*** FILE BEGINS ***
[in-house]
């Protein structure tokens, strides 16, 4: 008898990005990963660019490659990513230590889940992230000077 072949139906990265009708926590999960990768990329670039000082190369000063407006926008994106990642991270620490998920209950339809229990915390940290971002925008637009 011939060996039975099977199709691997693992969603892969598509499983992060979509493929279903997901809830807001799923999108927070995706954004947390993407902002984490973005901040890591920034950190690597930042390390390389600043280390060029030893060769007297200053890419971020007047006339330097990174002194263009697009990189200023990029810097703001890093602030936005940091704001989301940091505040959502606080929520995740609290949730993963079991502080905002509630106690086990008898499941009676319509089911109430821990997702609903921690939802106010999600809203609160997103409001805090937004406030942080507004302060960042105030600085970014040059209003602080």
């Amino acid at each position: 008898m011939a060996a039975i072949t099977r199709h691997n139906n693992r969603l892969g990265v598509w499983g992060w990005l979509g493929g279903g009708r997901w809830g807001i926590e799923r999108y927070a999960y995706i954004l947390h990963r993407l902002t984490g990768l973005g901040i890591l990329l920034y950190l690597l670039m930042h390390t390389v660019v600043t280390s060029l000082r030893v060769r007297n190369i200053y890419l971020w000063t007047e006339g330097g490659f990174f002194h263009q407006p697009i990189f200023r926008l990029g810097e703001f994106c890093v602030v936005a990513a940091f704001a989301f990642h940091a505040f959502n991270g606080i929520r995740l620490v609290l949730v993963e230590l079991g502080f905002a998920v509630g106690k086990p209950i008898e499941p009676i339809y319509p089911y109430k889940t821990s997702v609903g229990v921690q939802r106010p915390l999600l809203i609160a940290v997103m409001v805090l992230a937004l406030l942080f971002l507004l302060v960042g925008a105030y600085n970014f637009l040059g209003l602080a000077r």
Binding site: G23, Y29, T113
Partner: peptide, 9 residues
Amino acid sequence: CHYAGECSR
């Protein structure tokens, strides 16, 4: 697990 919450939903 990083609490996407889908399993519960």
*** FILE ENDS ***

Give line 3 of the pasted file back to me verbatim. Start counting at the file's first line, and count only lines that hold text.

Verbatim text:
């Amino acid at each position: 008898m011939a060996a039975i072949t099977r199709h691997n139906n693992r969603l892969g990265v598509w499983g992060w990005l979509g493929g279903g009708r997901w809830g807001i926590e799923r999108y927070a999960y995706i954004l947390h990963r993407l902002t984490g990768l973005g901040i890591l990329l920034y950190l690597l670039m930042h390390t390389v660019v600043t280390s060029l000082r030893v060769r007297n190369i200053y890419l971020w000063t007047e006339g330097g490659f990174f002194h263009q407006p697009i990189f200023r926008l990029g810097e703001f994106c890093v602030v936005a990513a940091f704001a989301f990642h940091a505040f959502n991270g606080i929520r995740l620490v609290l949730v993963e230590l079991g502080f905002a998920v509630g106690k086990p209950i008898e499941p009676i339809y319509p089911y109430k889940t821990s997702v609903g229990v921690q939802r106010p915390l999600l809203i609160a940290v997103m409001v805090l992230a937004l406030l942080f971002l507004l302060v960042g925008a105030y600085n970014f637009l040059g209003l602080a000077r």